What is the most important thing you would like to get/achieve from your work?

This is probably going to sound corny, but writing is its own reward. When I decided to devote my life to writing, I didn't devote it to becoming rich or famous or even making the world a better place. Those may come, but they aren't my focus. Using words to play with ideas in the realm of the possible is a wonderful gift to myself.

What is the special satisfaction of your work?

Making people laugh. I used to write for a magazine called Creative Screenwriting. After 9/11, the editor sent out an email asking for articles for a special edition that would deal with the issue of the role of the writer in times of national crisis. My response was a piece called Laughter is Always Appropriate, in which I extolled the healing virtues of laughter. Life is hard; for most people, laughter makes it easier. I have come to understand that making people laugh is (almost) always a virtuous thing to do.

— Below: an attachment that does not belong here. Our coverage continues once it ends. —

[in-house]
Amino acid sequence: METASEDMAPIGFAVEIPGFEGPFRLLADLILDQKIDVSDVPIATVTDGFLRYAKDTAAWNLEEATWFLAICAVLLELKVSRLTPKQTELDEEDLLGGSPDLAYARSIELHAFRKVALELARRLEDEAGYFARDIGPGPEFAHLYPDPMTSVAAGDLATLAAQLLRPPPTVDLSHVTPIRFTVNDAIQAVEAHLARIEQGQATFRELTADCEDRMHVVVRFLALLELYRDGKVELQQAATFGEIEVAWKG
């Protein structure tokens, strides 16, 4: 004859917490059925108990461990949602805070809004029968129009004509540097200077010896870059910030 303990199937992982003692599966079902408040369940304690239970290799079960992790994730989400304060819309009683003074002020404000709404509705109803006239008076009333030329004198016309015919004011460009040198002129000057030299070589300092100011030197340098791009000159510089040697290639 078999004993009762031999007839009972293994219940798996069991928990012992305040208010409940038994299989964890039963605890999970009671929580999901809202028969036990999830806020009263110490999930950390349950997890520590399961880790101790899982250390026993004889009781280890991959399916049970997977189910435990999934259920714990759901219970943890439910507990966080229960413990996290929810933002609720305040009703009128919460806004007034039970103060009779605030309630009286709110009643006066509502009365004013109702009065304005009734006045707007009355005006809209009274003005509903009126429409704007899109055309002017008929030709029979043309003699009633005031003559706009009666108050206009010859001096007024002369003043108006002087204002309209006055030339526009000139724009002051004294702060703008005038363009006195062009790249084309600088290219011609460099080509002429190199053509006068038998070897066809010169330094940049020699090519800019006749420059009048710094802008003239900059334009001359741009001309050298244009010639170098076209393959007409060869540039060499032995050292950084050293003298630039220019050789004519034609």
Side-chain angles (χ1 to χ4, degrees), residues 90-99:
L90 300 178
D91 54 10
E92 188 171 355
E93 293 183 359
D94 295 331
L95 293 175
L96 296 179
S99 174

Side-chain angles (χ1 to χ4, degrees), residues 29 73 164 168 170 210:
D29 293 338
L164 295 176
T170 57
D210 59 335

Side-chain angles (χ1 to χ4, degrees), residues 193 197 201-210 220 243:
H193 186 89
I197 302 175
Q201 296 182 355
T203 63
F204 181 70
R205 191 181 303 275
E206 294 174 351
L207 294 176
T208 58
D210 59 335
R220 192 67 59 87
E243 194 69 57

And, of course, making myself laugh. Given its importance in people's lives, I'm disappointed that I don't do it more. Because writing and rewriting holds few surprises, it is rare that I laugh at what I write, but, when I do, I feel as though I have shared in a kind of magic.

submitted by Ira Nayman

29 July 2014

For other answers to The Usual Questions Click here

Just the facts:
Born: long ago in a world far, far away (Toronto, Ontario, Canada)
Resides: same
NOVELS: Welcome to the Multiverse (Sorry for the Inconvenience) and You Can't Kill the Multiverse (But You Can Mess With its Head) - published by Elsewhen Press
ALTERNATE REALITY NEWS SERVICE COLLECTIONS: Alternate Reality Ain't What It Used To Be, What Were Once Miracles Are Now Children's Toys, Luna for the Lunies!, The Street Finds its Own Uses for Mutant Technologies and The Alternate Reality News Service's Guide to Love, Sex and Robots - self-published
AWARD: 2010 Swift Satire Writing Contest winner

Web site:
Les Pages aux Folles
FACEBOOK WRITER'S/FAN/WHATEVER PAGE: Ira Nayman's Thrishty Friednishes